LOVATO (Laughs.) I go, “Honestly, I didn’t like her anyway.” It’s not because she’s mean or anything, but he has such a great sense of humor and I want him to be with someone that makes him laugh. I can tell if something’s up because he’ll close off.
Demi, you’re single now. Is it too soon to think about dating?
LOVATO It’s not on my mind, but I welcome anything. I’ll have fun. But a relationship … I won’t want that for a long time.
Tell me about your friendship early on, when you were filming Camp Rock.
JONAS Well, for a couple of years there was the Joe and Demi romantic thing, so I’d be this emotional bridge for them. But she and I were productive — we’d write songs about it. We became even closer because it was never going to be [romantic].
LOVATO There’s a song on my first album called “Gonna Get Caught” about how I thought Joe was a player. I remember we were on the bus writing the bridge, and Joe is like, “I think it should have a happy ending.” I’m like, “No, I don’t think it should.” And poor Nick is sitting there like, “What are we actually deciding here?”
Did you know how odd your lives were?
LOVATO We joked around that it was Disney High, except we all were shooting shows and really overworking. I joke that I sometimes have PTSD after leaving the channel, because if my schedule starts to get too busy, I rebel and I get bitchy…
JONAS (Mockingly.) No!
LOVATO F– off. (Laughs.)
Did you feel pushed by adults in your life?
LOVATO Not by my family, but when you’re on set, you work like an adult. I always wanted to be the next Shirley Temple, to be the youngest person to ever win a Grammy and an Oscar. It didn’t turn out that way. I don’t regret it, but I probably won’t allow my kids to get into the industry unless it’s on their terms.
JONAS I have really musical parents, and my dad was always encouraging, but the desire to get onstage and perform really did come from me. I’d never push my future children.
Let’s talk politics. You’re both yuuuuge Trump supporters, right?
JONAS (Laughs.) I keep my political views to myself. We both come from conservative households with a religious backbone, but we’ve both evolved quite a bit in the way we see the world. (To Lovato.) Um, don’t you want to tell us about Hillary Clinton?
LOVATO When I went through my shit, I realized it was for a reason — to make a difference. I can share my story a million times, but it’s not as tangible as going to Capitol Hill. Hillary is in support of mental health care and, yeah, I’m a Democrat.
You’ve had your share of Twitter drama, but Nick seems to live drama-free. Any advice for your friend, Nick?
LOVATO Keep my mouth shut?
You recently stood up for Ariana Grande at Mariah Carey‘s expense. Did you hear from Mariah or her people?
LOVATO No. (Laughs.) I’m sure she’s sitting on diamond records not giving a f– what I have to say. That’s fine. I don’t even give a f– what I have to say. That’s why I just say it.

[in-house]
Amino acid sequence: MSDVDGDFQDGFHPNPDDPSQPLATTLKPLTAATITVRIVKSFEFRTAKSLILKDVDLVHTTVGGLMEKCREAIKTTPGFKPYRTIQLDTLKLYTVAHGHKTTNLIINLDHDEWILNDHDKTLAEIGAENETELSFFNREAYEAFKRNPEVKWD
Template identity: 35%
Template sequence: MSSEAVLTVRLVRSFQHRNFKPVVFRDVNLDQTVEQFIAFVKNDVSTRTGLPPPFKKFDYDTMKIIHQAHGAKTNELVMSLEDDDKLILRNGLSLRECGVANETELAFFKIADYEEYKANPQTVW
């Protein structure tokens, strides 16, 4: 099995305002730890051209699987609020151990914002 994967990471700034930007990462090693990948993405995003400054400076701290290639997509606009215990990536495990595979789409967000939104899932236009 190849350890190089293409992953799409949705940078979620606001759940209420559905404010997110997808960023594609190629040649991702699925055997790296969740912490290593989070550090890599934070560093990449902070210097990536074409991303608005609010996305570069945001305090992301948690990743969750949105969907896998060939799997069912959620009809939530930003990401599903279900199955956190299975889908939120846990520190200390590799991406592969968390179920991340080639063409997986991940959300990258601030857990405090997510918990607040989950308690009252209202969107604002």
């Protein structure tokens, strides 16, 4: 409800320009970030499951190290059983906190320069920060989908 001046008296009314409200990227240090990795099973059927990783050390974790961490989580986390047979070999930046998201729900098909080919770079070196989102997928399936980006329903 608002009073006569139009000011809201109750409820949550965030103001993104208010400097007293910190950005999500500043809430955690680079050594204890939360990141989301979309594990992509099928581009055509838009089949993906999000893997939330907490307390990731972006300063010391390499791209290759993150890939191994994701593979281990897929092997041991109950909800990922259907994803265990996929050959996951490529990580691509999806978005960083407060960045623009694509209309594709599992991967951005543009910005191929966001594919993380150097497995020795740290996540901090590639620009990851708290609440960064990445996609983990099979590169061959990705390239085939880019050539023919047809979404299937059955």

You’re visible LGBTQ allies, but some have suggested you’re stringing the community along for a fan base. Is that unfair?
JONAS Of course. Think about my past and where my love for performance comes from — musical theater. And playing this gay fighter in a very macho world for Kingdom, it requires me digging really deep, and I do it with respect and honor.
LOVATO For me, it’s a little personal. It’s obvious what my [“Cool for the Summer”] lyrics are about. Just because I never said anything bluntly [about experiences with women] doesn’t mean I’m exploiting it.
Nick, you spoke at the Stonewall vigil after the Orlando tragedy and got backlash.
JONAS I wouldn’t change a thing. That’s a moment — and in general the time we’re in in this country — where unity, support and raising our hand and saying we can make change is what’s important, so it’s a shame when people make it about something else.
Nick, you go to college in Goat, but neither of you did in real life. If you went now, would you be dorm mates?
LOVATO That would be weird. I don’t want to see him f– other people.
JONAS No, after Goat, I’d make it my mission to have an apartment off campus.
LOVATO I wanted to get my own apartment when I was 5 and my mom said no.
JONAS I wonder why.
LOVATO Even then I wanted my own place, so I don’t think a dorm would be good for me to share with anybody.
A version of this article originally appeared in the July 30 issue of Billboard.
The day is bright and balmy, and the bustling crowd at Sweet Butter Kitchen, Café and Market, a country-style bistro in Sherman Oaks, Calif., is dressed for the heat: guys in shorts and flip-flops, girls in tanks and topknots. And then there’s Nick Jonas, in a charcoal wool Rag & Bone hat, a long-sleeve Ann Demeulemeester shirt, and Nudie Jeans. “Last night was kind of chilly,” he explains of his weather-defying look with a small laugh. “I woke up today thinking it would be the same temperature, but it’s clearly not.” How much overnight change can one guy take? Seemingly, one minute Jonas is a cherub-faced boy-bander with a head of soft curls, and the next he’s this man, a full-fledged sex symbol with a buzz cut. As an actor, he’s drawn to more mature roles. In this fall’s frat-hazing drama, Goat, he plays a morally conflicted fraternity brother. And his new album, Last Year Was Complicated, mines a transformative breakup. Still, he exudes an essential sweetness, and it’s this duality—the interplay of light and dark, pop and pathos—that makes him so exciting to watch.